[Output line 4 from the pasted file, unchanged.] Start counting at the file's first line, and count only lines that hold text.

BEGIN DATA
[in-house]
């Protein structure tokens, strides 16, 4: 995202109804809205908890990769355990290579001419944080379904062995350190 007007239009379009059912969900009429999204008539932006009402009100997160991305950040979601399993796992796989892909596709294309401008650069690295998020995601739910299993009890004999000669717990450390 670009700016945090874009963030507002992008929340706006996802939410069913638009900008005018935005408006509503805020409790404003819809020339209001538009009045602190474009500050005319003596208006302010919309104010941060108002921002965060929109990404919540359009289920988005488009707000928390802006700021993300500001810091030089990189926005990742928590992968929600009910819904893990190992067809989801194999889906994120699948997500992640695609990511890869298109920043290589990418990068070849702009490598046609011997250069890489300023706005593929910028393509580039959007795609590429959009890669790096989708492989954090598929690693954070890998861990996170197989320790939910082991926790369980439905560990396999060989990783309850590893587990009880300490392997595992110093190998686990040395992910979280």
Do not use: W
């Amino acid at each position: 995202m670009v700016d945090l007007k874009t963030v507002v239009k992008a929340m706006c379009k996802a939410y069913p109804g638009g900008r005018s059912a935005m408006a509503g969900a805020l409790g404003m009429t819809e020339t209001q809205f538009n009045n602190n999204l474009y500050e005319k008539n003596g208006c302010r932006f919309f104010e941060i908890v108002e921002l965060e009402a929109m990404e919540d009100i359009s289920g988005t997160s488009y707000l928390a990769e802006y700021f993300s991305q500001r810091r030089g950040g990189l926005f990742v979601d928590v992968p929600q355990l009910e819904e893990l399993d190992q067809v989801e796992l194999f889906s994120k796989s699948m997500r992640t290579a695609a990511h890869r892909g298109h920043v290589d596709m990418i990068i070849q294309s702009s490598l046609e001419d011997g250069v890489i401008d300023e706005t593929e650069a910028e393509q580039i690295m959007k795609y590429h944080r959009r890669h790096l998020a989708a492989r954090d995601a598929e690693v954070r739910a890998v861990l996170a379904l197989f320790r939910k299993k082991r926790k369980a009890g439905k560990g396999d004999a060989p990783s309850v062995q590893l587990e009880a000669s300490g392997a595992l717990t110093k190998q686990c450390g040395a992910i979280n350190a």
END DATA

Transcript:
């Amino acid at each position: 995202m670009v700016d945090l007007k874009t963030v507002v239009k992008a929340m706006c379009k996802a939410y069913p109804g638009g900008r005018s059912a935005m408006a509503g969900a805020l409790g404003m009429t819809e020339t209001q809205f538009n009045n602190n999204l474009y500050e005319k008539n003596g208006c302010r932006f919309f104010e941060i908890v108002e921002l965060e009402a929109m990404e919540d009100i359009s289920g988005t997160s488009y707000l928390a990769e802006y700021f993300s991305q500001r810091r030089g950040g990189l926005f990742v979601d928590v992968p929600q355990l009910e819904e893990l399993d190992q067809v989801e796992l194999f889906s994120k796989s699948m997500r992640t290579a695609a990511h890869r892909g298109h920043v290589d596709m990418i990068i070849q294309s702009s490598l046609e001419d011997g250069v890489i401008d300023e706005t593929e650069a910028e393509q580039i690295m959007k795609y590429h944080r959009r890669h790096l998020a989708a492989r954090d995601a598929e690693v954070r739910a890998v861990l996170a379904l197989f320790r939910k299993k082991r926790k369980a009890g439905k560990g396999d004999a060989p990783s309850v062995q590893l587990e009880a000669s300490g392997a595992l717990t110093k190998q686990c450390g040395a992910i979280n350190a």